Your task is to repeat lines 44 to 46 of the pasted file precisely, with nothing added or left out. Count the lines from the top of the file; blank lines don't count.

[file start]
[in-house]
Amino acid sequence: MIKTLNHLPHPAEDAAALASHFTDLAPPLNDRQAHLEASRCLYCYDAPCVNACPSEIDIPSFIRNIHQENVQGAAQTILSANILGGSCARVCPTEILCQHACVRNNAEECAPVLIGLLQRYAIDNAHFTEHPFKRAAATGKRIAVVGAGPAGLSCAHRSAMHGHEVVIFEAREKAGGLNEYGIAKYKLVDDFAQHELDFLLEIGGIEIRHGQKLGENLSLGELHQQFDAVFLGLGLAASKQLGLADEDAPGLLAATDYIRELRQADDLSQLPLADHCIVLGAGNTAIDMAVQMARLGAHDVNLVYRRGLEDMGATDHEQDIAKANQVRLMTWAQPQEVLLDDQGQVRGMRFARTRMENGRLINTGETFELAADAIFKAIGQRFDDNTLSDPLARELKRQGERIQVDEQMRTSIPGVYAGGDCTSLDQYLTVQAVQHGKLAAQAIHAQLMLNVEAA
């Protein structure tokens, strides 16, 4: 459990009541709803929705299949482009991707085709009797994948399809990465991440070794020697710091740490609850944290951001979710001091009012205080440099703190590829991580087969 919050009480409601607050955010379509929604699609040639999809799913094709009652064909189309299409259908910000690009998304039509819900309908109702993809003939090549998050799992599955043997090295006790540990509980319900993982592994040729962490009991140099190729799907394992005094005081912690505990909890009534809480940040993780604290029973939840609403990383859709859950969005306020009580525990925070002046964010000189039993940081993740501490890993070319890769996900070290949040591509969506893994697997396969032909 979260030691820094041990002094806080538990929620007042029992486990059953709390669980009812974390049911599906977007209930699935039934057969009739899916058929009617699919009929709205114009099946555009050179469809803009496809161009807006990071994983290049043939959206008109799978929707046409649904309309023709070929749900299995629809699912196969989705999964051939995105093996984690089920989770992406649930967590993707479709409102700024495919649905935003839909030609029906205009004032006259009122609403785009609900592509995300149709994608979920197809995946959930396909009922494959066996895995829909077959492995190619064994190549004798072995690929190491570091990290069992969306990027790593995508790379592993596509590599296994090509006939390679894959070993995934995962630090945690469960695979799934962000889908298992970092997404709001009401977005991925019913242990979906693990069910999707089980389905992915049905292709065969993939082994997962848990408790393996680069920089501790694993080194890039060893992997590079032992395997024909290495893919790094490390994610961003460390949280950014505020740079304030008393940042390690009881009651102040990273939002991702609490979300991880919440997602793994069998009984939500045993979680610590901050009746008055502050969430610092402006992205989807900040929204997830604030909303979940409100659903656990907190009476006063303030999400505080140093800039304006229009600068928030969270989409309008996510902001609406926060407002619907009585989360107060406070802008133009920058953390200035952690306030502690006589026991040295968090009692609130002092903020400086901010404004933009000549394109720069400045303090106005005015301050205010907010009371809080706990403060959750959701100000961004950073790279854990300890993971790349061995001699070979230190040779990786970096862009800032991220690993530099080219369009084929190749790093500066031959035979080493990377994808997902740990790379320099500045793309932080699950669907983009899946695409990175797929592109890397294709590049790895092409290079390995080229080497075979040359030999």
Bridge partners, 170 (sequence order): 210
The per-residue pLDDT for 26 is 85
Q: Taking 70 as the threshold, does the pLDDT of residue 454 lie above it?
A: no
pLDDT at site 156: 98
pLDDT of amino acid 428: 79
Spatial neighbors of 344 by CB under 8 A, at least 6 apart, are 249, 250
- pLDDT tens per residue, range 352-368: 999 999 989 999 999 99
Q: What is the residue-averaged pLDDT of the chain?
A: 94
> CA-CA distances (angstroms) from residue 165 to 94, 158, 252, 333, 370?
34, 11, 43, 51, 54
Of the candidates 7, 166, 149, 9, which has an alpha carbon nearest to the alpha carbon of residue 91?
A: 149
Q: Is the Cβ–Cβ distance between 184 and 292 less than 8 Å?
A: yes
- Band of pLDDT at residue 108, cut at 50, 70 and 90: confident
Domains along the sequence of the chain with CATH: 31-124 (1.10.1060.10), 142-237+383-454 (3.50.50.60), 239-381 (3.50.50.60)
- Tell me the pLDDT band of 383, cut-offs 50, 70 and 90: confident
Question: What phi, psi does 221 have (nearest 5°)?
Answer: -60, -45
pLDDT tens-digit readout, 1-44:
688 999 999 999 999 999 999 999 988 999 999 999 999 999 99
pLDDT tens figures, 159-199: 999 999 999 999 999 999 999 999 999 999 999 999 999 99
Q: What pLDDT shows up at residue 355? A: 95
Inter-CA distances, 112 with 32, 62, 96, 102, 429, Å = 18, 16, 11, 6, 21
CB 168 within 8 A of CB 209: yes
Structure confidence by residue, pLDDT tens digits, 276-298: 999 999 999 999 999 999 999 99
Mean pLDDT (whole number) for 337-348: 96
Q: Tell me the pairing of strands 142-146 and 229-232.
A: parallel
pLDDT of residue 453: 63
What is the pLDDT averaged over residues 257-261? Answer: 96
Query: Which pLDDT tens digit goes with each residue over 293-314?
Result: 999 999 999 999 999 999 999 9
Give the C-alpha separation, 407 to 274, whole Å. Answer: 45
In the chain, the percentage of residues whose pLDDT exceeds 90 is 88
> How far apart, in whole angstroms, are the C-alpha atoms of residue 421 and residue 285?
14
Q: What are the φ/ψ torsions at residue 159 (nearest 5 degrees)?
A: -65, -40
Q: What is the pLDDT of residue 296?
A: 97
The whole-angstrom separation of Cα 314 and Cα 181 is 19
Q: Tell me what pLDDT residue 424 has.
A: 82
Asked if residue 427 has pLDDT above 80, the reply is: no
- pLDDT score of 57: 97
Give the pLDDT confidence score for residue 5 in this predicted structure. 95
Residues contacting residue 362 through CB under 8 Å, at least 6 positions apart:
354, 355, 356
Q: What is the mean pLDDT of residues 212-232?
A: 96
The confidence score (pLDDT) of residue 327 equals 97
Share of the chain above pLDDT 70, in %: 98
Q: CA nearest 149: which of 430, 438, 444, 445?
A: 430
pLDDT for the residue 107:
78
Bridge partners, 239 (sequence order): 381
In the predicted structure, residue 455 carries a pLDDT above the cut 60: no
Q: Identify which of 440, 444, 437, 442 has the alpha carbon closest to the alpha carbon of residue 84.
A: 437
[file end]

A: -65, -40
Q: What is the pLDDT of residue 296?
A: 97